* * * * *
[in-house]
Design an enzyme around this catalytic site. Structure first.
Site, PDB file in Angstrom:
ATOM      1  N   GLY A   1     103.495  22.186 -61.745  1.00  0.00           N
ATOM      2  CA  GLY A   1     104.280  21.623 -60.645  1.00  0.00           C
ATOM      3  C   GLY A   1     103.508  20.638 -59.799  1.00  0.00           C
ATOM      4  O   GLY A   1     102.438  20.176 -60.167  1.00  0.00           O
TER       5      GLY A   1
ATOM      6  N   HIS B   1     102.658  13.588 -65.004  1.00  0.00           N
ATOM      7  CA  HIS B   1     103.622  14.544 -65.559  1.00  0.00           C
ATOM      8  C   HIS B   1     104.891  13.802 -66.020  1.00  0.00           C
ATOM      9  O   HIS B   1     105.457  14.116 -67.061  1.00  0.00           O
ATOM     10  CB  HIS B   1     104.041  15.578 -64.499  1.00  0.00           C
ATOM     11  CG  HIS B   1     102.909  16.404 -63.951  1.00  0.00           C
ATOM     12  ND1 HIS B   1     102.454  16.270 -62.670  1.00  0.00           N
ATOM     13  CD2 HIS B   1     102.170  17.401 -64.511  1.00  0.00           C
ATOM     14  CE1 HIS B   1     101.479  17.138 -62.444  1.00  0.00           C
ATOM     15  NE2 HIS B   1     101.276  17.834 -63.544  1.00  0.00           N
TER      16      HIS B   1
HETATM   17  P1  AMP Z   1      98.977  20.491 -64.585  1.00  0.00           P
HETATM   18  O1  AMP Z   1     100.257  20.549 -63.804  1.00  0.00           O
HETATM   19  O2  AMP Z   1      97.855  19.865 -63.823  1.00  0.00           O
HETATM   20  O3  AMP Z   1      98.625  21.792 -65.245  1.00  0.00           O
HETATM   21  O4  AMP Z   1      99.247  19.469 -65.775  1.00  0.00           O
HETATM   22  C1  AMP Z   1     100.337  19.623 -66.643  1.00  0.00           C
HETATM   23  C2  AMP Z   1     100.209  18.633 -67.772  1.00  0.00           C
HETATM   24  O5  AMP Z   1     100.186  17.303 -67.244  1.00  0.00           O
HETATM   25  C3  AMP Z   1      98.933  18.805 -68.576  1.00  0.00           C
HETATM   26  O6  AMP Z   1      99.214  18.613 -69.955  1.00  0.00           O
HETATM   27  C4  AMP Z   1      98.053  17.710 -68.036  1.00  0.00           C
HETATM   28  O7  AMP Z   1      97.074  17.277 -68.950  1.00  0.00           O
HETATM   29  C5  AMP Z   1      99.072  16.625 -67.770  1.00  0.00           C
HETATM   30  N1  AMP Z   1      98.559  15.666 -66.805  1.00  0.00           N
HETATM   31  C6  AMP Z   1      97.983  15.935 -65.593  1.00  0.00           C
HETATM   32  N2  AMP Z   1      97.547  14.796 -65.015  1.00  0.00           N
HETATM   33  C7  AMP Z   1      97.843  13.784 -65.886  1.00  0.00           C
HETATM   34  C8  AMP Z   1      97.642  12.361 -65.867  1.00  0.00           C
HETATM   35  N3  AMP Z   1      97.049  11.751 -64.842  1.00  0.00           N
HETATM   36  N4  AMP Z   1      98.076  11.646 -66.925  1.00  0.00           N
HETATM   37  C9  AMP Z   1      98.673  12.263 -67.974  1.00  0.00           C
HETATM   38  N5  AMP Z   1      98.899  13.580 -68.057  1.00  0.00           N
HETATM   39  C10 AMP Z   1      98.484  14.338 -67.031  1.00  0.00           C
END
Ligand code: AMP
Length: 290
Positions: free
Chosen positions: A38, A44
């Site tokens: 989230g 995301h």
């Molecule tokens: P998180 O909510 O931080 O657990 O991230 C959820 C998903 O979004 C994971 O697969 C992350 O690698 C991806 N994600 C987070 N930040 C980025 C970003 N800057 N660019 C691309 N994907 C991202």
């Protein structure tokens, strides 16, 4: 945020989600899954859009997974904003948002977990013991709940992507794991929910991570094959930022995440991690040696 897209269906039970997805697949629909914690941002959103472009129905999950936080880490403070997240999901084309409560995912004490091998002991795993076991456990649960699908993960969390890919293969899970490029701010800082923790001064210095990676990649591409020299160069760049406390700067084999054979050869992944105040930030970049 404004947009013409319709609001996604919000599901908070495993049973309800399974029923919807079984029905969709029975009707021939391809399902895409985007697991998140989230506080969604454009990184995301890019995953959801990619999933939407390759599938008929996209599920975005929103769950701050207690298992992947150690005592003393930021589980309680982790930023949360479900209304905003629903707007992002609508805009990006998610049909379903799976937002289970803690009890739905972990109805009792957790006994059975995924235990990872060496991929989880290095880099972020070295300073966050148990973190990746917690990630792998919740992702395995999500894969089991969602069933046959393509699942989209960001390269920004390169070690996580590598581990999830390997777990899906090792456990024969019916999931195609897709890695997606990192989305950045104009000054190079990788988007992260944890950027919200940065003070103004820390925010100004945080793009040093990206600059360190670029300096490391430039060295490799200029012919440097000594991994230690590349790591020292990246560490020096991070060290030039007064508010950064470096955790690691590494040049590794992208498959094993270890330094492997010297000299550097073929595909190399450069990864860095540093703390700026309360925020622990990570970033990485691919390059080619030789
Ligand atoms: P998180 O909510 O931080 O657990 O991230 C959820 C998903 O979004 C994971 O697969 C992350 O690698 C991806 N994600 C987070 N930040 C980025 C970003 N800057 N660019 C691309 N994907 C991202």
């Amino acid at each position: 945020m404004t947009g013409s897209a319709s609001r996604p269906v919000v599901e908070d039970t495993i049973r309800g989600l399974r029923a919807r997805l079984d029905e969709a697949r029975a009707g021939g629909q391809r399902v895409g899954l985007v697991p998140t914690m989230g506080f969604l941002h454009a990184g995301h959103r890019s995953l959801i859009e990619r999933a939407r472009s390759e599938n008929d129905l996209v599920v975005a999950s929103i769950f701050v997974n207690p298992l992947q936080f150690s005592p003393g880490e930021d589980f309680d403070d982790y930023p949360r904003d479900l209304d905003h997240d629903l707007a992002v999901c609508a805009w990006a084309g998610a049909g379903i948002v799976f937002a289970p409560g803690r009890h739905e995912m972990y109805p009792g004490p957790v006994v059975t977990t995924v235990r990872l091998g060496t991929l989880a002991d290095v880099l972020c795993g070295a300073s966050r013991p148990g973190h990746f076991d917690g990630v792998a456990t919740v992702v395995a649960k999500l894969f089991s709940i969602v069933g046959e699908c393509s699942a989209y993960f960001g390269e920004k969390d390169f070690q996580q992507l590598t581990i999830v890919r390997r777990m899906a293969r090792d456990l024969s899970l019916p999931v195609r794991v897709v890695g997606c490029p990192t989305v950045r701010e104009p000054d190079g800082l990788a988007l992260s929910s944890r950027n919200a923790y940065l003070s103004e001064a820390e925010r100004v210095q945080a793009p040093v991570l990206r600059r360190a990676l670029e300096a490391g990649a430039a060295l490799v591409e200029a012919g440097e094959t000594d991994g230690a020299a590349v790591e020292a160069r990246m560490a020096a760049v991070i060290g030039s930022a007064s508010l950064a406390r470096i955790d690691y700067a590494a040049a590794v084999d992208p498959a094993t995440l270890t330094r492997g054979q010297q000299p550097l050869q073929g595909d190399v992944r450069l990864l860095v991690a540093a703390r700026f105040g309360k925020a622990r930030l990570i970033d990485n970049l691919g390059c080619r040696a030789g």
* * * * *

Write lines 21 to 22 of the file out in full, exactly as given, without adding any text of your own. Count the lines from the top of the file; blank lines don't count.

HETATM   18  O1  AMP Z   1     100.257  20.549 -63.804  1.00  0.00           O
HETATM   19  O2  AMP Z   1      97.855  19.865 -63.823  1.00  0.00           O